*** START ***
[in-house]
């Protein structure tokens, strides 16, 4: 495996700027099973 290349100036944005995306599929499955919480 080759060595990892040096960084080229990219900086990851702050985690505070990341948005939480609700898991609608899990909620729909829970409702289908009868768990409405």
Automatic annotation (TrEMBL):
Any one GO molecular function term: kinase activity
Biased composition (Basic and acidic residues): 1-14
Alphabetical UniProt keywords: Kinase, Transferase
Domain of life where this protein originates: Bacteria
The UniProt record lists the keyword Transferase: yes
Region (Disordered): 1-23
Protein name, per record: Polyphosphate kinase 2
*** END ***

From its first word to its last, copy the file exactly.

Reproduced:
[in-house]
């Protein structure tokens, strides 16, 4: 495996700027099973 290349100036944005995306599929499955919480 080759060595990892040096960084080229990219900086990851702050985690505070990341948005939480609700898991609608899990909620729909829970409702289908009868768990409405």
Automatic annotation (TrEMBL):
Any one GO molecular function term: kinase activity
Biased composition (Basic and acidic residues): 1-14
Alphabetical UniProt keywords: Kinase, Transferase
Domain of life where this protein originates: Bacteria
The UniProt record lists the keyword Transferase: yes
Region (Disordered): 1-23
Protein name, per record: Polyphosphate kinase 2